Qinmin Pan and colleagues from Harbin Institute of Technology and the National Natural Science Foundation of China, reported a number of advances toward tiny robots that can walk on water.
However, even the most advanced designs, including one from Pan's team last year - can only walk on water. Pan noted that real water striders actually leap, the journal Applied Materials & Interfaces reported.
Pan's group looked for novel mechanisms and materials to build a true water-striding robot, according to a Harbin Institute statement.
Making a jumping robot is difficult because the downward force needed to propel it into the air usually pushes the legs through the water's surface.
Using porous, super water-repellant nickel foam to fabricate the three supporting and two jumping legs, the group made a robot that could leap more than 5.5 inches, despite weighing as much as 1,100 water striders.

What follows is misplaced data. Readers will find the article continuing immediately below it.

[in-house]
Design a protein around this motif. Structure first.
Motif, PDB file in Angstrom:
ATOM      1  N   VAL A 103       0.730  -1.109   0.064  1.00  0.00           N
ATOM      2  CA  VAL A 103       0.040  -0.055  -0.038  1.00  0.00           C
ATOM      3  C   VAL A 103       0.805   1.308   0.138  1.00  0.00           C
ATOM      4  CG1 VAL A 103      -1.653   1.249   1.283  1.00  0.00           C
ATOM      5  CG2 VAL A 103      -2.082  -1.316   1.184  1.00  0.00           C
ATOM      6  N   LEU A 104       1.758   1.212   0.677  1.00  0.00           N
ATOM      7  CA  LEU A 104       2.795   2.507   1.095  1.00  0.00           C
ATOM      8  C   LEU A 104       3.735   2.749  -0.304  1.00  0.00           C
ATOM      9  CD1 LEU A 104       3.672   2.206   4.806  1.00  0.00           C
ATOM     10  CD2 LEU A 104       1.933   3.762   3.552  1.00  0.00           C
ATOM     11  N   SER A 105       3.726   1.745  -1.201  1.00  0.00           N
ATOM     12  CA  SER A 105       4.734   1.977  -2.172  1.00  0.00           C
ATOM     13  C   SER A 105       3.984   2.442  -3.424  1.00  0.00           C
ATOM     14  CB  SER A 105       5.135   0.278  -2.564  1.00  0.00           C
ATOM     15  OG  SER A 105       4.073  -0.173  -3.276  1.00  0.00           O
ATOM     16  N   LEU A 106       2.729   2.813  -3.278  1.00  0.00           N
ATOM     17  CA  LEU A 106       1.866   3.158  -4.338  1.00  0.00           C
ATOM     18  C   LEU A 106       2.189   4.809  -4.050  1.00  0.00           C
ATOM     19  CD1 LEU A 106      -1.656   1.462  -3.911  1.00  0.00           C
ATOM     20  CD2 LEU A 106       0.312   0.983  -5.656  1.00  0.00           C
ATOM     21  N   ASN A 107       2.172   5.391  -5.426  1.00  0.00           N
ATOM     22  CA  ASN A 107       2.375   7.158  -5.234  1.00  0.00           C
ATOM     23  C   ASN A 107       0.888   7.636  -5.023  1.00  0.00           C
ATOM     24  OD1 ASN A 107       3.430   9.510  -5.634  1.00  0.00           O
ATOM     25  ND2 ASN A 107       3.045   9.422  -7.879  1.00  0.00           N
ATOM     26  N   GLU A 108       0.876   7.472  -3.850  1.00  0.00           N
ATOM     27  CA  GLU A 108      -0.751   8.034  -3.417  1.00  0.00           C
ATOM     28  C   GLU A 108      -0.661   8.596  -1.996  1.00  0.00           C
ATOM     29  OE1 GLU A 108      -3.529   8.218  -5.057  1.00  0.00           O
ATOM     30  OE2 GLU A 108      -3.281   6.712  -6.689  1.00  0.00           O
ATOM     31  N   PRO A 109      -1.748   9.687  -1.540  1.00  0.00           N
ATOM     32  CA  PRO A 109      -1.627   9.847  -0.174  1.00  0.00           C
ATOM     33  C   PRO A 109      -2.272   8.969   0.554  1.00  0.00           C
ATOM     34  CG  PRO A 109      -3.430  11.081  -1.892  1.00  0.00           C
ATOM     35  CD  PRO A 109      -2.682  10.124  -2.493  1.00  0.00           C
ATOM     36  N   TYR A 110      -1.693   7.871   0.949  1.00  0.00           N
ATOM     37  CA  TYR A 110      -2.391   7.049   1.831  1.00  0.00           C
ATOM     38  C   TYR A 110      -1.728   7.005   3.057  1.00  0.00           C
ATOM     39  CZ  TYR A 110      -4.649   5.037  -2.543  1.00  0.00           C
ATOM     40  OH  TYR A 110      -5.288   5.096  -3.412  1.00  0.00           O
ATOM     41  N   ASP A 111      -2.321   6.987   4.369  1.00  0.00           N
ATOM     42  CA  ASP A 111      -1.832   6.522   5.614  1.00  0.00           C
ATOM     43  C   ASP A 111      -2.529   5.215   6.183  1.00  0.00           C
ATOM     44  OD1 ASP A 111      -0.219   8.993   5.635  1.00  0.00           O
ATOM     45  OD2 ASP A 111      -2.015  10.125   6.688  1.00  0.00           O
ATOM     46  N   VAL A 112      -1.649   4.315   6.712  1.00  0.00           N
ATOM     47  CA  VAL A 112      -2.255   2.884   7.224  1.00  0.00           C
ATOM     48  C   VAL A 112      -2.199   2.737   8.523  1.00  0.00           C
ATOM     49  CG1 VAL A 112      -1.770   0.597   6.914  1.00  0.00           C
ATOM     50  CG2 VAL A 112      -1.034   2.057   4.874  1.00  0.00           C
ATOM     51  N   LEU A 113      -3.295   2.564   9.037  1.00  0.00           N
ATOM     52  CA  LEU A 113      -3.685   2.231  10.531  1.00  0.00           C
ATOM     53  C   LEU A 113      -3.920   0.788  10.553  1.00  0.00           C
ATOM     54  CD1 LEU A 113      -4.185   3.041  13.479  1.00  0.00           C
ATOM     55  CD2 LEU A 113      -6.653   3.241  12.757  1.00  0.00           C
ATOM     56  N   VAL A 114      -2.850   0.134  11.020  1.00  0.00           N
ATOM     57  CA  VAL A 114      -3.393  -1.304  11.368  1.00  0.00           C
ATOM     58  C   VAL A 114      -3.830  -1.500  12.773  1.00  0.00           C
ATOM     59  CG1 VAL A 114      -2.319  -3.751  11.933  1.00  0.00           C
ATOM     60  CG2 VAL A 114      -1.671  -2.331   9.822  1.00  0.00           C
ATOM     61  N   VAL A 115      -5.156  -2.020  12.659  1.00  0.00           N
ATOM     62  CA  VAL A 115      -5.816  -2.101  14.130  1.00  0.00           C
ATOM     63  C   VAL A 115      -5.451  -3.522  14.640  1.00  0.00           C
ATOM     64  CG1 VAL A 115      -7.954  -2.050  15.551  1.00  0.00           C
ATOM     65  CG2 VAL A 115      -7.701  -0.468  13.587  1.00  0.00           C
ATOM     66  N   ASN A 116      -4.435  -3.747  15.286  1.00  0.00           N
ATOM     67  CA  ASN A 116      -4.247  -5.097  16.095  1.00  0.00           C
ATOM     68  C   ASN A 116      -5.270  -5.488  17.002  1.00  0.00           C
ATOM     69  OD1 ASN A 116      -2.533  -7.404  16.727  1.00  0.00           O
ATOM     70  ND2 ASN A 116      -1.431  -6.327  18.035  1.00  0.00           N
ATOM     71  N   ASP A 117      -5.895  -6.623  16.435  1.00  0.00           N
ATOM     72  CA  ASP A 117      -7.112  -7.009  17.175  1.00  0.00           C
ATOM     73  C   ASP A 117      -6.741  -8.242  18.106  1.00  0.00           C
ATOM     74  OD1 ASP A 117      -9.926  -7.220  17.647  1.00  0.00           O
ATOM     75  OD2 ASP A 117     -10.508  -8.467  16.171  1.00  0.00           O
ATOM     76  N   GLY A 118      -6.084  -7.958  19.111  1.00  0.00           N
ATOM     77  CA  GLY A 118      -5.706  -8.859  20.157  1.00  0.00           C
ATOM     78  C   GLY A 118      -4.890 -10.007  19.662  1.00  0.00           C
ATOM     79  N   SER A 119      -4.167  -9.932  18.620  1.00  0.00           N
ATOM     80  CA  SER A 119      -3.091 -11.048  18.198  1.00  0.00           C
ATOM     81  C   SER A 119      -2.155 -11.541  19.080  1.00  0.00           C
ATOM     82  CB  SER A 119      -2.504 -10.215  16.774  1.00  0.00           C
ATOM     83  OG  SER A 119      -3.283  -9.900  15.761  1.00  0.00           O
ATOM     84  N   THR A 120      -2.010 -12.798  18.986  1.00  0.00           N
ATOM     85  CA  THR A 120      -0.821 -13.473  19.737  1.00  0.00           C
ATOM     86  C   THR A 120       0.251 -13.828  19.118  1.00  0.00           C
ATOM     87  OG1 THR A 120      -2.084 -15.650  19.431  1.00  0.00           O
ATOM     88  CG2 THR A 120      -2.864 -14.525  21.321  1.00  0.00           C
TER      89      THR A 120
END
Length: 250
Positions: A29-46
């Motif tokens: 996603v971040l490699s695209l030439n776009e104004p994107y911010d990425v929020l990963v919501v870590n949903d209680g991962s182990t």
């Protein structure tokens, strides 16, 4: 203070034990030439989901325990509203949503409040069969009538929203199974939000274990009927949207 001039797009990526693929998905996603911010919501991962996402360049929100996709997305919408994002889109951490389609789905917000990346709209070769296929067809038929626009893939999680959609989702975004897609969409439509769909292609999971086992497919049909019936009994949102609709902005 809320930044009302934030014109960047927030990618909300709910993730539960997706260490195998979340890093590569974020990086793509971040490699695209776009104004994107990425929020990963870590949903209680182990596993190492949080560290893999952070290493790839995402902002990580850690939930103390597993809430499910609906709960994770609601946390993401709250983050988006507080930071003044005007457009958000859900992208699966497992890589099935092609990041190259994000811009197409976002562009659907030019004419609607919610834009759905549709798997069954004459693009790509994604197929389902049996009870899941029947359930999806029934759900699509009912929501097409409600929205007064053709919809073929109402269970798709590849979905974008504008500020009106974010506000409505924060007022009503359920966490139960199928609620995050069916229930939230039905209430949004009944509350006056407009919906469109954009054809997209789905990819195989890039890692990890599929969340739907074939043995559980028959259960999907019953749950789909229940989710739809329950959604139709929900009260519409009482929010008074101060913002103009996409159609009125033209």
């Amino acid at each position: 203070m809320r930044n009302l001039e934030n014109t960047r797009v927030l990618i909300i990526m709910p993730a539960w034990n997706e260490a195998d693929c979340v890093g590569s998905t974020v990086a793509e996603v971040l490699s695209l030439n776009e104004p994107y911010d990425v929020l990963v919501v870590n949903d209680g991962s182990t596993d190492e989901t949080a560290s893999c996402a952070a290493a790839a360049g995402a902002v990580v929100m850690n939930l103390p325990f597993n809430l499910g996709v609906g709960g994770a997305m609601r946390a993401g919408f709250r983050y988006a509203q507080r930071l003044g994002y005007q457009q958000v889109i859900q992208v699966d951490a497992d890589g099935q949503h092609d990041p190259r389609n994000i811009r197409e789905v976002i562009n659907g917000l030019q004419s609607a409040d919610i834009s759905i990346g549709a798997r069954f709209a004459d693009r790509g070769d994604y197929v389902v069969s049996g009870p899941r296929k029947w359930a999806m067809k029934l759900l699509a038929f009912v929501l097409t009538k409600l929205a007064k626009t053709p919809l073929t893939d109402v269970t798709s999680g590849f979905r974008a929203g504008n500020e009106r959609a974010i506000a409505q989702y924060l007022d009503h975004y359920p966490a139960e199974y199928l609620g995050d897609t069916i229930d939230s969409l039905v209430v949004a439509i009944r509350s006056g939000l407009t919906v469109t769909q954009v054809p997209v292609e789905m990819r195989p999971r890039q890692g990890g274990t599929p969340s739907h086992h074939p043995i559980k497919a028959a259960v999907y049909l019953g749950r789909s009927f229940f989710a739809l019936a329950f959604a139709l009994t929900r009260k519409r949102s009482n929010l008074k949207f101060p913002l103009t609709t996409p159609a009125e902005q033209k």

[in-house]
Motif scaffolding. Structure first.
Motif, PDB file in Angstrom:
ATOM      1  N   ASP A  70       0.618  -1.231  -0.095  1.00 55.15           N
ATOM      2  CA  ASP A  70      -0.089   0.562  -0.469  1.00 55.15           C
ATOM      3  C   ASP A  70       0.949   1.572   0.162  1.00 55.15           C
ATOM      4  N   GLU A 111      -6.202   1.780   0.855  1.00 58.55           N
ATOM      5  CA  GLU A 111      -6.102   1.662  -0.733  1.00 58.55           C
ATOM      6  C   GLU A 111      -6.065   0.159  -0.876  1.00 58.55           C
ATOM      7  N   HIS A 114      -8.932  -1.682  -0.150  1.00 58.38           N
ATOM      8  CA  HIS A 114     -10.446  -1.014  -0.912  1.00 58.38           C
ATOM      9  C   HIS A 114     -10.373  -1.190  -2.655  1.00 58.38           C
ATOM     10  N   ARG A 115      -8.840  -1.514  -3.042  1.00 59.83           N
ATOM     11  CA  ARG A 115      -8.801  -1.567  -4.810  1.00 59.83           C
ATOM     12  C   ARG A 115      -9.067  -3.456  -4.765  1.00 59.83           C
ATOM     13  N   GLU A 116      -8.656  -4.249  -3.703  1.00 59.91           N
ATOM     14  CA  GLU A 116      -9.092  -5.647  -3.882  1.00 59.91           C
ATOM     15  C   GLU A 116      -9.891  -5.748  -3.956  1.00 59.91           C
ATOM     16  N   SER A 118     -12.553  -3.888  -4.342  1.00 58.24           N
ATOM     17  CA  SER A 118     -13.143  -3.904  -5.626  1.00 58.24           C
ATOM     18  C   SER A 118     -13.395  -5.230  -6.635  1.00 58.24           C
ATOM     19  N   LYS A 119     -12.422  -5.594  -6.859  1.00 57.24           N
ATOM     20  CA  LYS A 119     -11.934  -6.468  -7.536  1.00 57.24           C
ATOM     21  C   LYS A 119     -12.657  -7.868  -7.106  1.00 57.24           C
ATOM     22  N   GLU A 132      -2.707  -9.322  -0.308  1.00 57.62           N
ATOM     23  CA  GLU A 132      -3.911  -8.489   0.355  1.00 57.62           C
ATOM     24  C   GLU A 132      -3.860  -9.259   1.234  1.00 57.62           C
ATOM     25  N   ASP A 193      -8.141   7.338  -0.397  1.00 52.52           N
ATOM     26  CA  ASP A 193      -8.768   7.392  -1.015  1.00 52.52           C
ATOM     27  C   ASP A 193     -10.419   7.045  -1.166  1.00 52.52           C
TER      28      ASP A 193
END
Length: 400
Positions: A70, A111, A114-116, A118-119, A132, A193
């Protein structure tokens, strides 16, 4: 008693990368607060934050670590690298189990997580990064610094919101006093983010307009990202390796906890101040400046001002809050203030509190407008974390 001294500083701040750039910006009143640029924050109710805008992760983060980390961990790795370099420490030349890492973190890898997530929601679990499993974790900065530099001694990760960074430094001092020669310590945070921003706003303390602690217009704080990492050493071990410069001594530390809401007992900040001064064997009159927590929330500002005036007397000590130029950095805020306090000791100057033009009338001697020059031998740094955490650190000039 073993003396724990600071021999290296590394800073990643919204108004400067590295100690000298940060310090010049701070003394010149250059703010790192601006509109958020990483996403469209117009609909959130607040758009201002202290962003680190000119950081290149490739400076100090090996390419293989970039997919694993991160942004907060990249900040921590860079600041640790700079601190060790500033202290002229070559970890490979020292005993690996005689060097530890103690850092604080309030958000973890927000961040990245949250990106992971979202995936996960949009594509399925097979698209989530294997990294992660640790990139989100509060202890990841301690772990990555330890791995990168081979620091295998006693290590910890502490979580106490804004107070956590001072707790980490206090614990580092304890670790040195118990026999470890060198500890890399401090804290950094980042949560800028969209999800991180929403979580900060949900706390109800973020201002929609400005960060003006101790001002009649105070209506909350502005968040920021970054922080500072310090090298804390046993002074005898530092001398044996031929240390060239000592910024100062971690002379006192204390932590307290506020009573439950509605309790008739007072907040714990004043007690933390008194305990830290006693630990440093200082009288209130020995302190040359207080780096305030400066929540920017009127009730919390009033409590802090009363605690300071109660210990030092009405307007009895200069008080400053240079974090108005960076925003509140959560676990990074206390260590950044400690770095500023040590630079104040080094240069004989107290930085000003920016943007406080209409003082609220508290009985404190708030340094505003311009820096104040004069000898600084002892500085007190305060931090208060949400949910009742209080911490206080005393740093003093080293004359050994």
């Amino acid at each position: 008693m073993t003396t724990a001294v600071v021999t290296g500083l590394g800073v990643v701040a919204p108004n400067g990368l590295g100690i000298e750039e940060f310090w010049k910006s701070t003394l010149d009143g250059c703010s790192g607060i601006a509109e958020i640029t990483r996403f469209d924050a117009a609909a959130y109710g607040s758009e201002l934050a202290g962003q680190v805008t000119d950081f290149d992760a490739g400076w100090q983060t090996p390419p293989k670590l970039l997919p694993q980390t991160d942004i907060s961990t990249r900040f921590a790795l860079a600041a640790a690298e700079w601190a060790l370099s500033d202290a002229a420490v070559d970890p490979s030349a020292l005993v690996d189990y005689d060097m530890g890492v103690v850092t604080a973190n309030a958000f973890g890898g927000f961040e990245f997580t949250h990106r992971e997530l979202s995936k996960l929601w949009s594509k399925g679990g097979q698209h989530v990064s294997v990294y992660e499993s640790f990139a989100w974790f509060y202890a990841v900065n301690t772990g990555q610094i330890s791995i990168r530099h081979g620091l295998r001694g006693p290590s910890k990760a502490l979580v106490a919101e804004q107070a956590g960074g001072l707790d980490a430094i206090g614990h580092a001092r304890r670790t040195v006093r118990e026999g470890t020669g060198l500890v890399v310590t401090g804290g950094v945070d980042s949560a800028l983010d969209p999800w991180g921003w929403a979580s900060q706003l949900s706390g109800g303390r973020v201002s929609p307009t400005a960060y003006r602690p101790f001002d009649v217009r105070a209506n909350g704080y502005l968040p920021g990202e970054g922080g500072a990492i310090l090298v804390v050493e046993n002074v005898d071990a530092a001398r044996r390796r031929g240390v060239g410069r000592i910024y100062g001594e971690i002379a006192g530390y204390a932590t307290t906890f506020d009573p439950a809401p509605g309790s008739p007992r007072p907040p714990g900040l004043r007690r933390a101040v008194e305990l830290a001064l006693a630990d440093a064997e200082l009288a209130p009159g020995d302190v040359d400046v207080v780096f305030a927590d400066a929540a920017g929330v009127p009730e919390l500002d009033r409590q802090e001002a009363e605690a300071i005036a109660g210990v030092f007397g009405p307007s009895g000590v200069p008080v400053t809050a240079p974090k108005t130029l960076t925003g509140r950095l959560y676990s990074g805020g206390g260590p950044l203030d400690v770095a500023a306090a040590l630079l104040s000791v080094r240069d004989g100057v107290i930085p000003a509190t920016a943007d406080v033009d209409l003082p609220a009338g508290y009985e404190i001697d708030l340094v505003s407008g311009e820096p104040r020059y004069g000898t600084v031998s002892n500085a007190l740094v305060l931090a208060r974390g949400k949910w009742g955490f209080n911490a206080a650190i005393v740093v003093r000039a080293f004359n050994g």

In experiments, the robot could jump nearly 14 inches forward -- more than twice its own length -- leaving the water at about 3.6 miles per hour.
The study authors report that the ability to leap will make the bio-inspired microrobot more agile and better able to avoid obstacles it encounters on the water's surface.